So that’s it for the feature itself, leaving us with the extras to consider. “Haeckel’s” falls in the category of DVD where I found the featurettes and commentary a good deal more interesting and entertaining than what I’m supposed to be paying my money to see. I certainly wouldn’t want the majority of my collection to be comprised of DVD’s like that, but once in a while it’s fine. I gained a lot of appreciation for McNaughton after viewing his “Breaking Taboos” interview. Both there and in his commentary he comes across as very likable and conversational. You can tell from his personality — and his bio — that he’s one of the good guys who sticks to his guns and only works on horror projects that avoid the clichés and veer toward the dark and subversive. My sole gripe is that his commentary ends so abruptly — no sign-off or thanks, just dead air. But he obviously has a lot of respect for the genre and us fans so by virtue of that alone I’m happy to see him included with all the other Masters.
Next up are three brief interviews with Leela Savasta, Derek Cecil, and Jon Polito. Like McNaughton, all seem to sincerely appreciate the opportunity to work on MOH. It was Cecil’s first outing in the genre, but now that he’s been bitten by the bug, I suspect it won’t be his last. As many of us did, Polito grew up on the classics and honed his love of horror (and beautiful women with large breasts) via the Hammer films. His interview is notable for his reminiscences of working with Tobe Hooper and John Landis. The “Working With a Master” segment is about two thirds Michael Rooker and Tom Towles discussing Henry. Good stuff! Definitely worth a rental at least if you’re not sure about buying the DVD.
Along with trailers and still and storyboard galleries that are de rigueur for all Masters of Horror releases, we’re given the obligatory narrative-free making-of, but this one manages to be more engaging than usual. Rounding out the disc is “Script to Screen,” an extra I’ve not seen before. Three different scenes (two from the intro/outro and one from Haeckel’s tale itself) are shown in stages: First up are pages from the script with voiceovers reading the lines; next is the filming process itself; and lastly is the finished scene. Watching this progression is fairly engrossing the first time out but grows much less so by the third. Still, it’s a neat little insider’s look at the filmmaking process that we don’t often get to see.
Not long ago on our forums a few readers complained that our rating system for DVD’s is misleading and should incorporate two separate sets of knives: one for the film/feature and another for the extras. The rebuttal is that most people accept that DVD reviews incorporate the full “package” and the rating represents an average. In the case of “Haeckel’s Tale” my review definitely is weighted in favor of the supplemental materials. The story itself contains almost all the parts needed to make it terrific, but such a weak script cannot be overlooked. Conversely, the appealing nature of the individuals involved with all the extras merits a great deal of looking at, thus raising what otherwise would have been a 2 to 2-1/2 rating up to a solid 3-1/2. But it’s really about a lot more than just a number — or just a film. The thing that makes the Masters of Horror series so worthwhile is its wide-ranging attention to detail and desire to provide horror fans with a plethora of information and enjoyment. No other set that I’ve seen goes that extra mile, and for that they will receive my ringing endorsement just about every time. I only wish they hadn’t changed the box art mid-stream. The new look without the director’s picture honestly couldn’t be more hideous!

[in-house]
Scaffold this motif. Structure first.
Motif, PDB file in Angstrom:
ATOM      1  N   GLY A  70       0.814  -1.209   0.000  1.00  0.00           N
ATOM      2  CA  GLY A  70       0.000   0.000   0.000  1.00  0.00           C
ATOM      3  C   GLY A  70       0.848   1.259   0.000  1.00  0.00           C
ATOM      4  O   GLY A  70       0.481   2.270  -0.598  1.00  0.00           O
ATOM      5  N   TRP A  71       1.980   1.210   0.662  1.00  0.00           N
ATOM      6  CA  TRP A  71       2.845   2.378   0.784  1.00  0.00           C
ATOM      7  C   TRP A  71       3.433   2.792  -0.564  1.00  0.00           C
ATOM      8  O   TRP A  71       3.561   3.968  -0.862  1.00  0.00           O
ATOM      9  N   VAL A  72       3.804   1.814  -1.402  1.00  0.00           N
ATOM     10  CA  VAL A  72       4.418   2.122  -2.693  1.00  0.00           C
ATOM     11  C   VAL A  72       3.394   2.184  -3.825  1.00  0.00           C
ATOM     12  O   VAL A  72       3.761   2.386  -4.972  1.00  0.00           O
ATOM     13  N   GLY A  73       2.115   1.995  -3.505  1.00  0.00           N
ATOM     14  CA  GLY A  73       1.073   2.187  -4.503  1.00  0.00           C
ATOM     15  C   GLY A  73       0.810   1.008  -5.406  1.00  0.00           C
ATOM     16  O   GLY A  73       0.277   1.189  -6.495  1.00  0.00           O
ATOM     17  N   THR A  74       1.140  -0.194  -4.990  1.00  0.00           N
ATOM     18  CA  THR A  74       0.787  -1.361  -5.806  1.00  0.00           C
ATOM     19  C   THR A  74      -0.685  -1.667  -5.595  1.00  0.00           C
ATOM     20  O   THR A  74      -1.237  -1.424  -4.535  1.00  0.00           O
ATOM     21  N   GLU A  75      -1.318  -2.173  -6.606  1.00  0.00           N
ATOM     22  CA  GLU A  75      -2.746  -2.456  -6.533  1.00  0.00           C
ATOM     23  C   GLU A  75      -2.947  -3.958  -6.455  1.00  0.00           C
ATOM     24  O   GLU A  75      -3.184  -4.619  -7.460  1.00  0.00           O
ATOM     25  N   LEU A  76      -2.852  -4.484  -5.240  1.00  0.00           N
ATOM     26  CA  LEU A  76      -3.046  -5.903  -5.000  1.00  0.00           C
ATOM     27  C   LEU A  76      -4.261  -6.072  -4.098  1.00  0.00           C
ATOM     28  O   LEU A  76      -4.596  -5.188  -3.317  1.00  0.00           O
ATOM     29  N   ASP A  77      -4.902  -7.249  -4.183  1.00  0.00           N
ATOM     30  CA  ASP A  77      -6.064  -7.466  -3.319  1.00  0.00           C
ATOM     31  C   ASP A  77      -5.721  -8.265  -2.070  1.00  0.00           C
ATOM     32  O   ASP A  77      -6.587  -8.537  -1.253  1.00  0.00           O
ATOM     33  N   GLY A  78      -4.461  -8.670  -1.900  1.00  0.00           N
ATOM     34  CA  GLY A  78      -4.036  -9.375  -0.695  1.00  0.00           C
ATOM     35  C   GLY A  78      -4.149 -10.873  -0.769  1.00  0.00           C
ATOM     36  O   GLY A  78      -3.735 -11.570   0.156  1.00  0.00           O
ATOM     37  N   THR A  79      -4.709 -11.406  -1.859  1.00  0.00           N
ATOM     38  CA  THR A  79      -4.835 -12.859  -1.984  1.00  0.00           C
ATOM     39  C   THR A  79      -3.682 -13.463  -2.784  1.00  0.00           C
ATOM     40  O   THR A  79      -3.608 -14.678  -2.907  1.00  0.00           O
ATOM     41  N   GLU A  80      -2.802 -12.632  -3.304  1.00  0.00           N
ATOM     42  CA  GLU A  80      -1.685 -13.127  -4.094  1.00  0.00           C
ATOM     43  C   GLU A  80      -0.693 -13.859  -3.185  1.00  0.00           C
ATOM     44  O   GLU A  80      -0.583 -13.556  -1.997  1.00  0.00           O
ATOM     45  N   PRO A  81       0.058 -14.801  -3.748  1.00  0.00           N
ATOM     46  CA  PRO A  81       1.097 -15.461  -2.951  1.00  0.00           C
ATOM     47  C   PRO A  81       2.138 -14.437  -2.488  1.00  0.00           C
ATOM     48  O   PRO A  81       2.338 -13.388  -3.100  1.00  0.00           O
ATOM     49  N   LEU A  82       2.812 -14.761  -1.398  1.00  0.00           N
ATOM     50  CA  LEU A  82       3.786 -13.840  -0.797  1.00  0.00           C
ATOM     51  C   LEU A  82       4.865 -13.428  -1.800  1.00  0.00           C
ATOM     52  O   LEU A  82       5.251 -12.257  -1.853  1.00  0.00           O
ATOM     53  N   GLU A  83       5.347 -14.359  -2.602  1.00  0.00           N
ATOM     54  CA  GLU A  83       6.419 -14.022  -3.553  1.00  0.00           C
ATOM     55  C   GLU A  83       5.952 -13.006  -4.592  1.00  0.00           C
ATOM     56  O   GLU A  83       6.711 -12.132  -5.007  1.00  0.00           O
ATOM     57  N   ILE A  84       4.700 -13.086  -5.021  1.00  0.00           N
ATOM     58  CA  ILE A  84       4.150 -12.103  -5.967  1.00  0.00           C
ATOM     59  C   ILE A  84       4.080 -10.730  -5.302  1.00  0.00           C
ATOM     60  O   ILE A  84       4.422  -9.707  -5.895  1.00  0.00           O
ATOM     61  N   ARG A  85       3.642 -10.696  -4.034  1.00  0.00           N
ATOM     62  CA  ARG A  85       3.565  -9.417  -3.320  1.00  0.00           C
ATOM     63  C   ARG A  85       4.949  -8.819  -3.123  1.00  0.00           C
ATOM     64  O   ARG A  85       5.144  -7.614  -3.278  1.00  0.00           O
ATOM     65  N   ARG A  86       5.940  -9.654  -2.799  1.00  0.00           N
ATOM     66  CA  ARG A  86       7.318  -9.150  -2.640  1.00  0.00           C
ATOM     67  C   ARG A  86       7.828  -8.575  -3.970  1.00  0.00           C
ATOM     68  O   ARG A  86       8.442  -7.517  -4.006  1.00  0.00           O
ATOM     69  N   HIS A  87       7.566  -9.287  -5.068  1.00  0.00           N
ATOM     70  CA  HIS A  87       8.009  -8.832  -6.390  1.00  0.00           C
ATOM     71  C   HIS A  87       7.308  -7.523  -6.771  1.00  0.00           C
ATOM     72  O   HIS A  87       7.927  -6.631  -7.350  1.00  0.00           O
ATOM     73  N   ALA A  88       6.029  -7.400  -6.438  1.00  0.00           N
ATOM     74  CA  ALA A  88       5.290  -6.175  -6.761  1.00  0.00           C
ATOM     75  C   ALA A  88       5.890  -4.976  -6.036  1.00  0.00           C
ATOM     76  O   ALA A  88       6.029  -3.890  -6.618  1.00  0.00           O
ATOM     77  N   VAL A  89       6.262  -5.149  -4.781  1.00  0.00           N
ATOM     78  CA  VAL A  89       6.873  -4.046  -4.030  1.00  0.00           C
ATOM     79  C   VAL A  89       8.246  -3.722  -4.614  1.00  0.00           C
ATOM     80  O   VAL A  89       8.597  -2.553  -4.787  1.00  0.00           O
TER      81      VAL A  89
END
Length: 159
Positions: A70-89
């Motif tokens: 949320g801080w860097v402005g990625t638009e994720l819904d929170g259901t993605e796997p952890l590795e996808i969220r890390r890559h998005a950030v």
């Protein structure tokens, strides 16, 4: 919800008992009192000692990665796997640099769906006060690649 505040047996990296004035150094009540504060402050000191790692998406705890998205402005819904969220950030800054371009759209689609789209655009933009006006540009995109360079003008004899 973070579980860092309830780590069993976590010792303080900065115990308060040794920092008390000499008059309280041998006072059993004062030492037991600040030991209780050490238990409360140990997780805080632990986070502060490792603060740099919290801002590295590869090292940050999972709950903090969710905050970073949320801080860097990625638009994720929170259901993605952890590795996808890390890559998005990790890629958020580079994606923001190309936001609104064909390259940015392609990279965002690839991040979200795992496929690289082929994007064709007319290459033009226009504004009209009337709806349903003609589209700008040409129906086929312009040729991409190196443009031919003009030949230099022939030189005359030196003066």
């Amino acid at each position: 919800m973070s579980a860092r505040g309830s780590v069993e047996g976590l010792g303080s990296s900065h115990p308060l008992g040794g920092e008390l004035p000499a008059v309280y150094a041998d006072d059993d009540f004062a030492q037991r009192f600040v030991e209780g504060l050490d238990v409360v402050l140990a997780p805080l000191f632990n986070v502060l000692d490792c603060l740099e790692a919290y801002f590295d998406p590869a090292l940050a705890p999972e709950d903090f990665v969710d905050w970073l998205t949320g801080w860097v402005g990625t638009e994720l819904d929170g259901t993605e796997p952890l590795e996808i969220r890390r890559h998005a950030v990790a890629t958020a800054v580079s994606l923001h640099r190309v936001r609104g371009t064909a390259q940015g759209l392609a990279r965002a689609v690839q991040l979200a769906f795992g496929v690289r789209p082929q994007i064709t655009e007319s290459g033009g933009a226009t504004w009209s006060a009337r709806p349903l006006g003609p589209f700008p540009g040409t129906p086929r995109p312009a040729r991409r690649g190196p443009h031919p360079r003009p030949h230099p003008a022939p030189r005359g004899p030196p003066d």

Commentary by director John McNaughton
“Working With a Master: John McNaughton”
“Breaking Taboos: An Interview with John McNaughton”
“Behind the Scenes: The Making of Haeckel’s Tale”
“On Set: An Interview with Leela Savasta”
“On Set: An Interview with Derek Cecil”
“On Set: An Interview with Joe Polito”
“Script to Screen: Haeckel’s Tale”
John McNaughton bio
DVD-ROM: Original screenplay and screen saver
3 ½ out of 5
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Desolation Review: Campers + Lunatic = Simplicity, But Not Always a Better Product
Starring Jaimi Page, Alyshia Ochse, Toby Nichols
Directed by Sam Patton
I’m usually all in when it comes to a psycho in the woods flick, but there was just something about Sam Patton’s Desolation that seemed a bit distant for me…distance…desolation – I’m sure there’s a connection in there somewhere. Either that or I’m suffering from a minor case of sleep-deprivation. Either way, make sure you’ve got your backpack stuffed, cause we’re hitting the timber-lands for this one.
The film focuses on mother and son tandem Abby and Sam, and the tragic notion that Abby’s love and father to her son, has passed away. The absence has been a crippling one, and Abby’s idea of closure is to take her adolescent offspring to the woods where her husband used to love to run and scatter his ashes as a memorial tribute. Abby invites her best friend Jenn along as emotional support, and together all three are planning on making this trip a fitting and dedicatory experience…until the mystery man shows up. Looking like a member of the Ted Kaczynski clan (The Unabomber himself), this creepy fellow seems content to simply watch the threesome, and when he ultimately decides to close the distance, it’ll be a jaunt in the forest that this close-knit group will never forget.